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Castle Mountain

As you travel west from Banff to Lake Louise, there is an abrupt and dramatic change in the appearance of the mountains as you go from the Front Ranges into Main Ranges. The castle-like peaks and thick, relatively flat-lying beds of the Main Ranges, such as are seen on Castle Mountain, stand in sharp contrast to the tilted, folded, and faulted beds of the Front Ranges, seen immediately to the east in the Sawback Range.

At first glance, Castle Mountain resembles a medieval fortress with its rock layers turned into cliffs, terraces, and towers by the forces of erosion. This mountain type is best developed where there are alternating beds of resistant rocks, such as limestone, and easily eroded rocks, such as shale. As the softer layers erode, the harder rocks above are undermined and break off, slowly forming a mountain of vertical walls separated by sloping ledges.

The Main Ranges are composed of older and more colourful rocks than the grey rocks of the Front ranges. Castle Mountain consists of purple, green, and pink Precambrian and Cambrian limestones, shales, and quartzites (600 million to 400 million years old) that were thrust eastward, via the Castle Mountain Fault, over the younger sediments at the base of the mountain which are now tree-covered. This fault is geologically significant as it is the feature that separates the Front Ranges from the Main Ranges at this latitude. Looking at Castle Mountain, you can see that the rocks have been folded into a broad, shallow U-shape, called a syncline. Before millions of years of erosion, this syncline was once part of the same long syncline that extended north to, and included, Mount Kerkeslin.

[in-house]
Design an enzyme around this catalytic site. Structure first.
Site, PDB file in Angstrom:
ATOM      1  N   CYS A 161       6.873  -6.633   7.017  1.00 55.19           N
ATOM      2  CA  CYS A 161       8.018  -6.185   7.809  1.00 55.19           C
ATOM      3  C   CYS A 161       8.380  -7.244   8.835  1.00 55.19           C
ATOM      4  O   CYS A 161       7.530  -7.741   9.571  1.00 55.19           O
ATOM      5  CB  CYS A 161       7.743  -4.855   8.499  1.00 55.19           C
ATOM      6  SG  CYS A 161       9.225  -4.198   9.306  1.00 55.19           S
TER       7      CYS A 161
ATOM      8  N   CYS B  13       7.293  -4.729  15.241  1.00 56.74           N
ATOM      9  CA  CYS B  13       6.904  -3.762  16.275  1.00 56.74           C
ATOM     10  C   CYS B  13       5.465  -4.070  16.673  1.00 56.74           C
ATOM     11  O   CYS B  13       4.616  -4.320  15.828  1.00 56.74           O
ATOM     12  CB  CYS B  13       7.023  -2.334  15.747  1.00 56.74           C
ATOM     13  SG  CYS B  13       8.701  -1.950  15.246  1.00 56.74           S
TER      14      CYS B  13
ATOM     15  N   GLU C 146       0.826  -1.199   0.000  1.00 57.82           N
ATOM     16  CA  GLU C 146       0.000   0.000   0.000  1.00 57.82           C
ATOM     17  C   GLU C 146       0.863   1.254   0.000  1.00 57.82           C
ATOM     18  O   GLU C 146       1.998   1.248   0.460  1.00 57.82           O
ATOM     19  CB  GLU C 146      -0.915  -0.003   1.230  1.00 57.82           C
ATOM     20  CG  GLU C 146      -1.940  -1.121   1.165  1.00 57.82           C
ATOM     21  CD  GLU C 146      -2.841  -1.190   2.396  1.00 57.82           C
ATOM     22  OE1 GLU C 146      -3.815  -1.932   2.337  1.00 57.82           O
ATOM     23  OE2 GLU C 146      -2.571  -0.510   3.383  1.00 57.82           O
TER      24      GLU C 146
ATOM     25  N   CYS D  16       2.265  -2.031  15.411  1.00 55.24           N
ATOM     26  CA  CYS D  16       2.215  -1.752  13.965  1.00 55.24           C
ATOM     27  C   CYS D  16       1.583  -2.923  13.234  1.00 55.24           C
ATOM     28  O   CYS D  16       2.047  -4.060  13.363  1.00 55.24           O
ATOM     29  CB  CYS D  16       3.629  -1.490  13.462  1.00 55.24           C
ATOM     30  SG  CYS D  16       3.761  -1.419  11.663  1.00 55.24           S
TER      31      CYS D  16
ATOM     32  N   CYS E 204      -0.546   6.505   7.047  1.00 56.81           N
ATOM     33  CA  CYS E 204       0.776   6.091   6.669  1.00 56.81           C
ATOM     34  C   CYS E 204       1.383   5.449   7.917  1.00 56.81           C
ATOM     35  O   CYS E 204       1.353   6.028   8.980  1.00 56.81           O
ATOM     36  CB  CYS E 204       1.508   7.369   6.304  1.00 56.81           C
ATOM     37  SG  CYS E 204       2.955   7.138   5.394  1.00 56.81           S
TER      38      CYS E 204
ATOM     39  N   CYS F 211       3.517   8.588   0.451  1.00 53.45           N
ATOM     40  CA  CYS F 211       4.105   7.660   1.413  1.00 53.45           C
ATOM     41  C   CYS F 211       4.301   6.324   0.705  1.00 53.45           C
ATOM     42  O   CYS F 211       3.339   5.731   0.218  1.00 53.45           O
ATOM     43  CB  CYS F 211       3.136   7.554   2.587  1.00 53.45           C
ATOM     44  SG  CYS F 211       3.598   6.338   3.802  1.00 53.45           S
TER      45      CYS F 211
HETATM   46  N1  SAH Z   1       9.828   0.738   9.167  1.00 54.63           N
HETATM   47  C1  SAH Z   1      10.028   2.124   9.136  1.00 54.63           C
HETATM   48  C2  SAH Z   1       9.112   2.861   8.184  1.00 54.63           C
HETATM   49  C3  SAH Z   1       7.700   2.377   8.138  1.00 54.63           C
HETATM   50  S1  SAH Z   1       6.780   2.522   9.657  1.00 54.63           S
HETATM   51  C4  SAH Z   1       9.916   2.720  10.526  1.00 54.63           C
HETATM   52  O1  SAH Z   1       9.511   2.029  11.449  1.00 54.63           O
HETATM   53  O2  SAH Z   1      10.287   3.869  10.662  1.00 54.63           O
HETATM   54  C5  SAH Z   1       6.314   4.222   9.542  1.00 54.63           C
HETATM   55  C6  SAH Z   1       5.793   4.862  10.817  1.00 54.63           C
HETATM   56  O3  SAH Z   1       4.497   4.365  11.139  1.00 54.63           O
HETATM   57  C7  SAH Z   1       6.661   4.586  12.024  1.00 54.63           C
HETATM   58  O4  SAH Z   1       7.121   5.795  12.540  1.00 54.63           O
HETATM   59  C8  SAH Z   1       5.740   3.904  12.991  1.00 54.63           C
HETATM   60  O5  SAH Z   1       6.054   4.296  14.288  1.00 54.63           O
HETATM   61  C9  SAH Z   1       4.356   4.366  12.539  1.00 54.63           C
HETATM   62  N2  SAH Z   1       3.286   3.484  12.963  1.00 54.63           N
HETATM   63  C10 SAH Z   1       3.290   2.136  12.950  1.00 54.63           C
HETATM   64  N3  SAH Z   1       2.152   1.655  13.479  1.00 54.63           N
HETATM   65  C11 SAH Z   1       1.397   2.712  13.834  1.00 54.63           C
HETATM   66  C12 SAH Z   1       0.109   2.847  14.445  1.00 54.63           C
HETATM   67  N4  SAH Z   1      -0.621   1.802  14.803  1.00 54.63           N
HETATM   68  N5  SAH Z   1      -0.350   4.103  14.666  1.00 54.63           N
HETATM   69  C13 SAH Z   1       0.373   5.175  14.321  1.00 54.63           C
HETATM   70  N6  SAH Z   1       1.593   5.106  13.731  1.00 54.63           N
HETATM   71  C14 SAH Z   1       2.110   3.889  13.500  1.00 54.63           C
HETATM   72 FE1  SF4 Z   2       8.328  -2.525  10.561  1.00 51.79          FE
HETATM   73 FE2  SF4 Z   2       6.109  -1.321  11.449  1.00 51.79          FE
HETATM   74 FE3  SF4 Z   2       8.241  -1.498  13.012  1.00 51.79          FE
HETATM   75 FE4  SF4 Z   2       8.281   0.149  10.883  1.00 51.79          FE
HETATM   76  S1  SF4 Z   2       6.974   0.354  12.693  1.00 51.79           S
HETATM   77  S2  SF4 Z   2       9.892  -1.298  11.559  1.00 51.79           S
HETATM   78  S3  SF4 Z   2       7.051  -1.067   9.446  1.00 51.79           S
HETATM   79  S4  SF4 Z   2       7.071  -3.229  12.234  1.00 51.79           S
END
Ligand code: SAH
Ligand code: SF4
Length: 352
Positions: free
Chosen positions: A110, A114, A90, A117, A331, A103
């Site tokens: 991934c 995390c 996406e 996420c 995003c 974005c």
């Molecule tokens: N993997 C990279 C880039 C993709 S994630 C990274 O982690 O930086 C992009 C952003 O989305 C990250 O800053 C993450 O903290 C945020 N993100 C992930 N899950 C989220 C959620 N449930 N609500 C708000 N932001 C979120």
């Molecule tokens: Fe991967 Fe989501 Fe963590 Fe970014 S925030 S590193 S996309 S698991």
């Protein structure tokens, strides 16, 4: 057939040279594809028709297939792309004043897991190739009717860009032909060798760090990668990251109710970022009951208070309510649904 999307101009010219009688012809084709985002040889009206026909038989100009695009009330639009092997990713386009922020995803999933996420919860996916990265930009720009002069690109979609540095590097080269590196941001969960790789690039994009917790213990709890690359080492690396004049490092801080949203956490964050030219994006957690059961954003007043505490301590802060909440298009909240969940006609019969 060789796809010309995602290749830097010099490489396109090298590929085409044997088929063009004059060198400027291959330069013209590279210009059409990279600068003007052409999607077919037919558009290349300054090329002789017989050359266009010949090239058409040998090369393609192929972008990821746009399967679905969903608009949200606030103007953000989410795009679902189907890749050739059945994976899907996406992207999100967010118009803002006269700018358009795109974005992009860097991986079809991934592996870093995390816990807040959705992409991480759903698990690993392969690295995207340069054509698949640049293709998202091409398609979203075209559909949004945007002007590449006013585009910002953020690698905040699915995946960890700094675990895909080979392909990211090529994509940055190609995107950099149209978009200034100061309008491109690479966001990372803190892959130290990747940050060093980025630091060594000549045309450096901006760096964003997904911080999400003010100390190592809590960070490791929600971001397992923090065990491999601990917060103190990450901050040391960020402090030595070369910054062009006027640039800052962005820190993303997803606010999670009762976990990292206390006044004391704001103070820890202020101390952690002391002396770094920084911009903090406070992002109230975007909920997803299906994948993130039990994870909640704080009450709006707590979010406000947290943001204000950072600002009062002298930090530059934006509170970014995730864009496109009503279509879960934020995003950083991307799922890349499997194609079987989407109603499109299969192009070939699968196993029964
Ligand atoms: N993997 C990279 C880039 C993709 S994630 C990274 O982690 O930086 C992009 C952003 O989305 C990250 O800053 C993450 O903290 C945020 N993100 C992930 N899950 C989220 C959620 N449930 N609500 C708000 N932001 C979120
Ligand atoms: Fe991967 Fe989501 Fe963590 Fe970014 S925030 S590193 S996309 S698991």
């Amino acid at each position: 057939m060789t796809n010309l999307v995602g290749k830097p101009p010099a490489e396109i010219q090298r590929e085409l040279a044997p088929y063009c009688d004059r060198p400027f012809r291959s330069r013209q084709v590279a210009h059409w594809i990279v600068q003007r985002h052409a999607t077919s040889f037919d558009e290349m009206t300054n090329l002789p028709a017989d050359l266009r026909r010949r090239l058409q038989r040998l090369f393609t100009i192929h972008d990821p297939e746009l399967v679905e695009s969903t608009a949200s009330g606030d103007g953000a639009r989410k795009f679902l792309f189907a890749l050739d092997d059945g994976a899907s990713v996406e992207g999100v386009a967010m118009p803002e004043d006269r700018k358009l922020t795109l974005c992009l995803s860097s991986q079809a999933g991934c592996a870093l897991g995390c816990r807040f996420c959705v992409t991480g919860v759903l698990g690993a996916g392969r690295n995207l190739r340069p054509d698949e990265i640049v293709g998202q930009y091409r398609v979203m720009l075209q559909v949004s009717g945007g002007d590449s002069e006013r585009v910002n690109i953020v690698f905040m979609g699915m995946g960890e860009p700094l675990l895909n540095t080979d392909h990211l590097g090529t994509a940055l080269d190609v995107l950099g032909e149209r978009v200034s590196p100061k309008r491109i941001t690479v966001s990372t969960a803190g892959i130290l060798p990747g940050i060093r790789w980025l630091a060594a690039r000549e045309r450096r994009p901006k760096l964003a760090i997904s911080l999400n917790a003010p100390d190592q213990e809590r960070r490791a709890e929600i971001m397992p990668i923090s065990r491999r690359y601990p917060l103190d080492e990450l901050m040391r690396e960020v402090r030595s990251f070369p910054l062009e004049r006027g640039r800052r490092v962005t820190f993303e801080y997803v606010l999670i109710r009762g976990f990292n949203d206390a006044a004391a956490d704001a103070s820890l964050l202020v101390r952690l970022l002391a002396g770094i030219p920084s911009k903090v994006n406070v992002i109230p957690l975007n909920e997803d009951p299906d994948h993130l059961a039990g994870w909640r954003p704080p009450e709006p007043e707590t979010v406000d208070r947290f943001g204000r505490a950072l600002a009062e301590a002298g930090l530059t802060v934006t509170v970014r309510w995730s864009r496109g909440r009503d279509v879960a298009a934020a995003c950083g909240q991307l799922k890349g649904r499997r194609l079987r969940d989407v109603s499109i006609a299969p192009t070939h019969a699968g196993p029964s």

Although the Main Ranges have the same southeast to northwest alignment as the Front Ranges, they lack the symmetry because of irregular drainage caused by extensive glaciation and horizontal layers. Main Range mountains are also generally higher than Front Range mountains because erosion, particularly by glaciers, wears away thick near-horizontal layers more slowly than the tilted folded layers.

On the east side of Castle Mountain is Rockbound Lake. The large depression in which the water sits was carved out by glaciers during the last Ice Age. this sort of depression, which is common in the Rockies, is called a cirque.

Central Mixedwood Subregion

Surficial materials in the Central Mixedwood Subregion are predominantly till as ground moraine and hummocky moraine landforms with some areas of Aeolian dunes, sandy outwash plain, and glaciolacustrine plain. The terrain has low relief and a level to undulating surface. The Subregion includes much of the central and southeastern part of the Boreal Forest Natural Region and is the largest Subregion in Alberta. Highland plateaus and hill masses within the Central Mixedwood Subregion are mostly placed in other Subregions such as the Boreal Highlands although similarities are apparent.

Castle Mountain

Castle Mountain